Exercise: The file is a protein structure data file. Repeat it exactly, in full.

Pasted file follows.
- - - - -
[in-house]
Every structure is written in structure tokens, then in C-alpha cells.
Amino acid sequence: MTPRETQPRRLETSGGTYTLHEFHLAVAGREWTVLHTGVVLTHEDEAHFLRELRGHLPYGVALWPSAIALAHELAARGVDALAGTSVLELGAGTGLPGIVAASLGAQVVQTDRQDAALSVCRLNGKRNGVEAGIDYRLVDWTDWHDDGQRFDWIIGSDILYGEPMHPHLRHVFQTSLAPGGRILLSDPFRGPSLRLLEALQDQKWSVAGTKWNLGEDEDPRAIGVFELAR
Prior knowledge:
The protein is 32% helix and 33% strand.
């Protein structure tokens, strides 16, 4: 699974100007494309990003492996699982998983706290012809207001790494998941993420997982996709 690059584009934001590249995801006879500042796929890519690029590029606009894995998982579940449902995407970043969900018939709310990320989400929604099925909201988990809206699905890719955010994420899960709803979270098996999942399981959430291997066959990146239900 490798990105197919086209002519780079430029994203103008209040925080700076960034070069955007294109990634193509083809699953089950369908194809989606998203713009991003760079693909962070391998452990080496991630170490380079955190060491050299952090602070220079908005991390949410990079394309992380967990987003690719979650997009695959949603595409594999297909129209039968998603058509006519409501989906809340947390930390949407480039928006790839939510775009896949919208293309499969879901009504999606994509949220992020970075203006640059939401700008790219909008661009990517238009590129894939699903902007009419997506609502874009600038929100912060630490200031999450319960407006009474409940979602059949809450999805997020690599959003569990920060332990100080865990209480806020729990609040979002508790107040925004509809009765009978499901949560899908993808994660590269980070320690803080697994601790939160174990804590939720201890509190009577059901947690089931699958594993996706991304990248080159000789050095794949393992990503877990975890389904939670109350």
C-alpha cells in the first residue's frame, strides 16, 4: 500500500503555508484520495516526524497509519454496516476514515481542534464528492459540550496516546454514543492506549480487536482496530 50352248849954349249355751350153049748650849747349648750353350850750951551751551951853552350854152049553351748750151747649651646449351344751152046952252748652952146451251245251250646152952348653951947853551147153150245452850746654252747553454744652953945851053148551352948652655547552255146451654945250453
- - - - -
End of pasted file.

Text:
[in-house]
Every structure is written in structure tokens, then in C-alpha cells.
Amino acid sequence: MTPRETQPRRLETSGGTYTLHEFHLAVAGREWTVLHTGVVLTHEDEAHFLRELRGHLPYGVALWPSAIALAHELAARGVDALAGTSVLELGAGTGLPGIVAASLGAQVVQTDRQDAALSVCRLNGKRNGVEAGIDYRLVDWTDWHDDGQRFDWIIGSDILYGEPMHPHLRHVFQTSLAPGGRILLSDPFRGPSLRLLEALQDQKWSVAGTKWNLGEDEDPRAIGVFELAR
Prior knowledge:
The protein is 32% helix and 33% strand.
């Protein structure tokens, strides 16, 4: 699974100007494309990003492996699982998983706290012809207001790494998941993420997982996709 690059584009934001590249995801006879500042796929890519690029590029606009894995998982579940449902995407970043969900018939709310990320989400929604099925909201988990809206699905890719955010994420899960709803979270098996999942399981959430291997066959990146239900 490798990105197919086209002519780079430029994203103008209040925080700076960034070069955007294109990634193509083809699953089950369908194809989606998203713009991003760079693909962070391998452990080496991630170490380079955190060491050299952090602070220079908005991390949410990079394309992380967990987003690719979650997009695959949603595409594999297909129209039968998603058509006519409501989906809340947390930390949407480039928006790839939510775009896949919208293309499969879901009504999606994509949220992020970075203006640059939401700008790219909008661009990517238009590129894939699903902007009419997506609502874009600038929100912060630490200031999450319960407006009474409940979602059949809450999805997020690599959003569990920060332990100080865990209480806020729990609040979002508790107040925004509809009765009978499901949560899908993808994660590269980070320690803080697994601790939160174990804590939720201890509190009577059901947690089931699958594993996706991304990248080159000789050095794949393992990503877990975890389904939670109350």
C-alpha cells in the first residue's frame, strides 16, 4: 500500500503555508484520495516526524497509519454496516476514515481542534464528492459540550496516546454514543492506549480487536482496530 50352248849954349249355751350153049748650849747349648750353350850750951551751551951853552350854152049553351748750151747649651646449351344751152046952252748652952146451251245251250646152952348653951947853551147153150245452850746654252747553454744652953945851053148551352948652655547552255146451654945250453